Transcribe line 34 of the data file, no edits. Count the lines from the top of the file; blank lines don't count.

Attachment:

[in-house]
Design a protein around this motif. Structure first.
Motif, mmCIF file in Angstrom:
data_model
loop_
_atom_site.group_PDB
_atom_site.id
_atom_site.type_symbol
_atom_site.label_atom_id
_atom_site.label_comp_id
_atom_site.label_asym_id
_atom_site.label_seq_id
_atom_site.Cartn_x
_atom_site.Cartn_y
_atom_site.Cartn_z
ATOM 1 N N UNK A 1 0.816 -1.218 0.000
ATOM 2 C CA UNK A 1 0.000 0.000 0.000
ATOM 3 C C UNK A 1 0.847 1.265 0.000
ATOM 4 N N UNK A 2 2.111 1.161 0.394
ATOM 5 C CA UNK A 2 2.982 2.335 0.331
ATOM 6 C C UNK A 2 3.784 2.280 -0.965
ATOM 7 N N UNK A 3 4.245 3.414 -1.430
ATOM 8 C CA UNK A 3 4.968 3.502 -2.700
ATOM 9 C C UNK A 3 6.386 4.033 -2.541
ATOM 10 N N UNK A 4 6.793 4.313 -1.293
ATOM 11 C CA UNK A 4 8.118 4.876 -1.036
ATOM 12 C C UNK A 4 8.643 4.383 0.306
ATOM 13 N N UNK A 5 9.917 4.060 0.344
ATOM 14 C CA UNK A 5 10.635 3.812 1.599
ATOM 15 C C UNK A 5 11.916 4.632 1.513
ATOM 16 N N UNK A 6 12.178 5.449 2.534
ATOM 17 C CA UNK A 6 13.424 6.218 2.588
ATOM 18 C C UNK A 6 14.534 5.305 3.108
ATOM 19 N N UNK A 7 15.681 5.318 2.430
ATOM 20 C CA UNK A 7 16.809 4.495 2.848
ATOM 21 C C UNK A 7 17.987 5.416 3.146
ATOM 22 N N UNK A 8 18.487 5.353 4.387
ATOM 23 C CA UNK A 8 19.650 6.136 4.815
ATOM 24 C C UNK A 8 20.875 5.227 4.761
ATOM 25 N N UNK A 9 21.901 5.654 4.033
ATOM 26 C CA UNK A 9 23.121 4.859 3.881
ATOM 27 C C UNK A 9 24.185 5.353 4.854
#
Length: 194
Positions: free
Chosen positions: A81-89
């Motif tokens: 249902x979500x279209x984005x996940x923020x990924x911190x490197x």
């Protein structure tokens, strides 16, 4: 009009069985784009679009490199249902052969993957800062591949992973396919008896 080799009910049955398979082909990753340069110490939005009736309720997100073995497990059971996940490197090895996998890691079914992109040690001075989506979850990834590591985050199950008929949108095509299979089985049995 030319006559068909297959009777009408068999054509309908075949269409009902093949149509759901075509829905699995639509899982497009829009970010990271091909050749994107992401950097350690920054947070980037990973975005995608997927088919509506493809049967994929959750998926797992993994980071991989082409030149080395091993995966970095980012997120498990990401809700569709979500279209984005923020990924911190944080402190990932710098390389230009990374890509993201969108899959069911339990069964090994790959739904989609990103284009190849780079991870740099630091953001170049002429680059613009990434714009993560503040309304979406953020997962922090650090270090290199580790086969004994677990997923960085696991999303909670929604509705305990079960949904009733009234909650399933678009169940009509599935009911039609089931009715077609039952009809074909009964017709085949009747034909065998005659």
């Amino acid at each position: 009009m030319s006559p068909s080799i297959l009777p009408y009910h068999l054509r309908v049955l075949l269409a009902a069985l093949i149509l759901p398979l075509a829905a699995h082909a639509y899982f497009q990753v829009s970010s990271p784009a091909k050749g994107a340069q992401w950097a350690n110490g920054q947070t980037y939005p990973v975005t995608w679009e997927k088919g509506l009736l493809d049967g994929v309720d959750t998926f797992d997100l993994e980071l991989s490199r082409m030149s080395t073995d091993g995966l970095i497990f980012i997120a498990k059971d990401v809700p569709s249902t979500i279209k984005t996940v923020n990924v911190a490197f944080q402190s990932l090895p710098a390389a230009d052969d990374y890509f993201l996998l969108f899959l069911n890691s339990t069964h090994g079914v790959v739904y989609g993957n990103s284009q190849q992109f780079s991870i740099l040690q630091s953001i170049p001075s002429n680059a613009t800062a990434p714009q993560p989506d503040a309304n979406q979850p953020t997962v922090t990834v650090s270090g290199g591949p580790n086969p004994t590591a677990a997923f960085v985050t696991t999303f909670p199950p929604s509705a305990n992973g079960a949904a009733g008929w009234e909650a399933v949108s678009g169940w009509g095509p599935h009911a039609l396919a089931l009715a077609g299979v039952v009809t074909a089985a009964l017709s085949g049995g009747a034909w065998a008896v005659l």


ATOM 19 N N UNK A 7 15.681 5.318 2.430